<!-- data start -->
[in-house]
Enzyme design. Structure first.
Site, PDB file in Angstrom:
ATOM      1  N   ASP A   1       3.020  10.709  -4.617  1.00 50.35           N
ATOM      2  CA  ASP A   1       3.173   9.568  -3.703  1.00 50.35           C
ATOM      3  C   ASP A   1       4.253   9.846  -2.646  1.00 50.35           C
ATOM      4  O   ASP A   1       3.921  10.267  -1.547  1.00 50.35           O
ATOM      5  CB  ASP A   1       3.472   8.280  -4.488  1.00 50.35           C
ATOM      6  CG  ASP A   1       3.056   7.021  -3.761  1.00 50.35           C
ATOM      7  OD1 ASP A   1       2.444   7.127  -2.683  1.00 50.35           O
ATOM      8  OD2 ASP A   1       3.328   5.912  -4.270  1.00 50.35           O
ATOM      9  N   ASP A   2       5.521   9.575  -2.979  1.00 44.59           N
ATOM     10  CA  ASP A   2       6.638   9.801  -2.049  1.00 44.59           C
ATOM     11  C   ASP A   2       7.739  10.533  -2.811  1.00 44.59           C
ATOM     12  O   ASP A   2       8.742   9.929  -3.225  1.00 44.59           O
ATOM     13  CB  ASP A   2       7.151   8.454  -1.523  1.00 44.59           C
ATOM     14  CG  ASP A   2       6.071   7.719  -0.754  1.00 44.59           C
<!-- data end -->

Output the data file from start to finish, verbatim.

[in-house]
Enzyme design. Structure first.
Site, PDB file in Angstrom:
ATOM      1  N   ASP A   1       3.020  10.709  -4.617  1.00 50.35           N
ATOM      2  CA  ASP A   1       3.173   9.568  -3.703  1.00 50.35           C
ATOM      3  C   ASP A   1       4.253   9.846  -2.646  1.00 50.35           C
ATOM      4  O   ASP A   1       3.921  10.267  -1.547  1.00 50.35           O
ATOM      5  CB  ASP A   1       3.472   8.280  -4.488  1.00 50.35           C
ATOM      6  CG  ASP A   1       3.056   7.021  -3.761  1.00 50.35           C
ATOM      7  OD1 ASP A   1       2.444   7.127  -2.683  1.00 50.35           O
ATOM      8  OD2 ASP A   1       3.328   5.912  -4.270  1.00 50.35           O
ATOM      9  N   ASP A   2       5.521   9.575  -2.979  1.00 44.59           N
ATOM     10  CA  ASP A   2       6.638   9.801  -2.049  1.00 44.59           C
ATOM     11  C   ASP A   2       7.739  10.533  -2.811  1.00 44.59           C
ATOM     12  O   ASP A   2       8.742   9.929  -3.225  1.00 44.59           O
ATOM     13  CB  ASP A   2       7.151   8.454  -1.523  1.00 44.59           C
ATOM     14  CG  ASP A   2       6.071   7.719  -0.754  1.00 44.59           C